Reading Is Critical

 Reading is critical, in both senses of the word. Crucial, of course, insofar as it is a cornerstone of communication, a primary means by which we receive information. But it is also an active form of resistance, a tactic in the struggle against ignorance, misinformation, and manipulation. To read is to become knowledgeable; to become knowledgeable is to become powerful. We invite visiting authors, booksellers, and members of our community to submit "Critical Reading" lists featuring books that are, in these senses, “critical.” Submit yours by emailing, and check each post for details on related events!

April 16th, 2017

Vincent Katz is a poet, translator, critic, and curator. The author of Swimming Home (Nightboat Books, 2015) and The Complete Elegies of Sextus Propertius (Princeton University Press, 2004), he is also the editor of Black Mountain College: Experiment in Art (MIT Press, 2002; reprinted 2013), and he is the curator of the “Readings in Contemporary Poetry” series at DIA Chelsea. Katz’s selections of poems from the series, 2010 through 2016, is forthcoming from DIA. A collaboration with poet Anne Waldman, will be brought out by Blaze Vox in 2017. Vincent Katz lives in New York City and teaches at the Yale School of Art. ...

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April 16th, 2017

Henry Israeli’s poetry collections are god’s breath hovering across the waters (Four Way Books: 2016), Praying to the Black Cat (Del Sol: 2010), and New Messiahs (Four Way Books: 2002). He is also the translator of three books by Albanian poet Luljeta Lleshanaku and founder and editor of Saturnalia Books. Israeli reads, with poets Michael Robins and Abigail Zimmer, Wed. 4/19 6pm at the Co-op. RSVP and details here

These days the act of reading itself can feel radical and revolutionary. Here is a list of some recent books, fiction and poetry, that in different ways embrace the idea that human nature is more complex than we could ever imagine.

A Brief History of...

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April 4th, 2017

Lorraine Daston is director of the Max Planck Institute for the History of Science in Berlin and is visiting professor in the Committee on Social Thought at the University of Chicago. Science in the Archives: Pasts, Presents, Futures, which Daston edited, studies the important role that archives play in the natural and human sciences. She will join Benjamin Morgan, author of The Outward Mind: Materialist Aesthetics in Victorian Science and Literatureat the Co-op on Wed. 4/12. RSVP and details here.



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April 3rd, 2017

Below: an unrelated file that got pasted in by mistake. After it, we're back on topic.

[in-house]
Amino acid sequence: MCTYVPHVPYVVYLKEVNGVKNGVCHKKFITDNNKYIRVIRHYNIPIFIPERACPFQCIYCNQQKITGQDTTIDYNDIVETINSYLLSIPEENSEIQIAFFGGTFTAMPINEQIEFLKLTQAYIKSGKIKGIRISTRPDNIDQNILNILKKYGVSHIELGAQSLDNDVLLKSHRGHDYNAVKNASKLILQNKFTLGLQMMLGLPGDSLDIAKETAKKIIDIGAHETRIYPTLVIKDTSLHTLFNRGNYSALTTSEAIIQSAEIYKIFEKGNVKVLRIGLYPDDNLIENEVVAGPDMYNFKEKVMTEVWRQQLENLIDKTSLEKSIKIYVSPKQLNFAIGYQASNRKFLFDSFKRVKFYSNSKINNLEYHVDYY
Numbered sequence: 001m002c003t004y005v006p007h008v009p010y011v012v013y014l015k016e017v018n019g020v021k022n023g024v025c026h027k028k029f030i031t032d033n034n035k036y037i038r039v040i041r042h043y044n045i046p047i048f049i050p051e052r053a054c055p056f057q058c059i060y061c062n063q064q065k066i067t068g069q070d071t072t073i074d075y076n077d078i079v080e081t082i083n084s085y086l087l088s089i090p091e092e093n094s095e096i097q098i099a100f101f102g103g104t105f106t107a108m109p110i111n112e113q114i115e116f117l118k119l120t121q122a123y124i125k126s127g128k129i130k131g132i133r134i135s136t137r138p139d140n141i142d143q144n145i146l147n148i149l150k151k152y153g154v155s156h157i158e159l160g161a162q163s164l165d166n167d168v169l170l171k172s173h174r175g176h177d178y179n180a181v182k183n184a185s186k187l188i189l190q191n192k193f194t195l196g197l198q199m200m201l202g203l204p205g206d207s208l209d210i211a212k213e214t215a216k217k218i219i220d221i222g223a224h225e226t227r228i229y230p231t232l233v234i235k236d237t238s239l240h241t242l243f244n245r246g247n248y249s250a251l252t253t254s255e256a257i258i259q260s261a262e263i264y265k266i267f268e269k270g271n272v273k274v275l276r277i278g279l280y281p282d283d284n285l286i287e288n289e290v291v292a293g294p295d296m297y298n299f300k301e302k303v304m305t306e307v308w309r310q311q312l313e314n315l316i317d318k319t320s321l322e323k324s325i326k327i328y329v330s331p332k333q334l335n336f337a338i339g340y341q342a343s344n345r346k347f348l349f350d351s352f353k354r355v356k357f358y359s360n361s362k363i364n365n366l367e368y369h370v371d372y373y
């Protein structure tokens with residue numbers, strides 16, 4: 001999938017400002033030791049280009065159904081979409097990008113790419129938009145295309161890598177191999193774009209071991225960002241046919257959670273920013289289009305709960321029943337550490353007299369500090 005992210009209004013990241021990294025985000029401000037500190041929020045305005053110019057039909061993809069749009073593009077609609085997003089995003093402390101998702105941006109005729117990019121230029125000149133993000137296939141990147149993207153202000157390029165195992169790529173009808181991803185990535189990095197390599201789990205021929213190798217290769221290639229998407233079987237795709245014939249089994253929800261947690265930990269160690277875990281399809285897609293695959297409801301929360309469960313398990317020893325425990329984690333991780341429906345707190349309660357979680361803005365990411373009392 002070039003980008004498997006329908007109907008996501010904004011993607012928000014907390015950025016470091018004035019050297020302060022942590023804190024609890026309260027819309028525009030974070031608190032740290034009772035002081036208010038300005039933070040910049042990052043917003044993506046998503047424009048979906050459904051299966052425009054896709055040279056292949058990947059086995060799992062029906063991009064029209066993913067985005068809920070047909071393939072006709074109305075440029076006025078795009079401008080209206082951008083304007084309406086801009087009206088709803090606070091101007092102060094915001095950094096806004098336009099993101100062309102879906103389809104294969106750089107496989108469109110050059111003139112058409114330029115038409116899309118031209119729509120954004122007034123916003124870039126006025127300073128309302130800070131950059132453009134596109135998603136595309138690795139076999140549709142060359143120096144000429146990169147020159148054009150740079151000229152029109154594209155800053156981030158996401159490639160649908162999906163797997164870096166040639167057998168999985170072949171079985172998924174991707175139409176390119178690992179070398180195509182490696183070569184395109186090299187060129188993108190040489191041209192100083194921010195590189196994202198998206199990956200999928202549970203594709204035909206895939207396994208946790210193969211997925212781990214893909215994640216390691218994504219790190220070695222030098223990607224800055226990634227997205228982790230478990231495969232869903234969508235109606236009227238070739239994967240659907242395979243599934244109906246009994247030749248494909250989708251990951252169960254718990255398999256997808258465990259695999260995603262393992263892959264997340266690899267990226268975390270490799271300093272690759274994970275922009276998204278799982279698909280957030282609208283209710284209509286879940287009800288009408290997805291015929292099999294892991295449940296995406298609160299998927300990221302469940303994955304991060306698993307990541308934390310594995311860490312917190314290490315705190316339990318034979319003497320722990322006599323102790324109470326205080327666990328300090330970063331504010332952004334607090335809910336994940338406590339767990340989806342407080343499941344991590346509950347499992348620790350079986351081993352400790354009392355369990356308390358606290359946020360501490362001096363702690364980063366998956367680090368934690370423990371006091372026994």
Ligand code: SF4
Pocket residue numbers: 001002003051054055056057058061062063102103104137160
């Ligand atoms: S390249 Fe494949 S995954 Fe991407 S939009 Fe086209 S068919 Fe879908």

David Shulman is Professor Emeritus of Indian Studies at the Hebrew University of Jerusalem. After taking a first degree at the Hebrew University in Arabic and Persian and falling in love with Persian poetry, he drifted eastward from Iran into India. He was trained in Tamil and Sanskrit at the School of Oriental and African Studies in London by John Ralston Marr, Wendy Doniger, and Peter Khoroche. He has published widely on the cultural and intellectual history of southern India in pre-modern times with particular emphasis on Tamil, Telugu, and Malayalam. He has worked closely and published books together with Velcheru Narayana Rao, Sanjay Subrahmanyam, Don Handelman, Yigal Bronner, and Gary Tubb. In recent years he has been absorbed in the study of the Kerala tradition of Kudiyattam, the last living form of Sanskrit drama in the world, and each year he takes students and...

March 21st, 2017

The below was originally posted on the Restless Books blog:

In advance of the Restless Books Prize for New Immigrant Writing-winner Deepak Unnikrishnan's March 22 event at Seminary Coop, the great Chicago bookstore asked him to participate in their “Reading is Critical” series, in which they invite visiting authors to submit a selected reading list of “Critical Reading”— titles that the author finds, personally, critical. We find Deepak's list to be so essential and illuminating—not only as a background for his debut novel, Temporary People, but also as a guide to some of the most vital contemporary and classic world literature—that we're sharing it here as well. Happy...

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March 8th, 2017

“There never was a war that was not inward.”

-Marianne Moore

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March 5th, 2017

Henry A. Giroux is a prolific writer and political commentator, who was a central figure in the development of critical pedagogy. His most recent book, America at War with Itself, was published by City Lights in 2016. 


It’s time to think dangerously again. In part, this means learning how to hold power accountable, search for the truth, embrace thoughtfulness, and recognize that no society ever reaches the limits of justice. Such thinking should be capable of both understanding and engaging the major upheavals people face and be able to connect such problems to both historical memory and larger political, structural, and economic issues. Such thinking nurtures the imagination and envisions a future...

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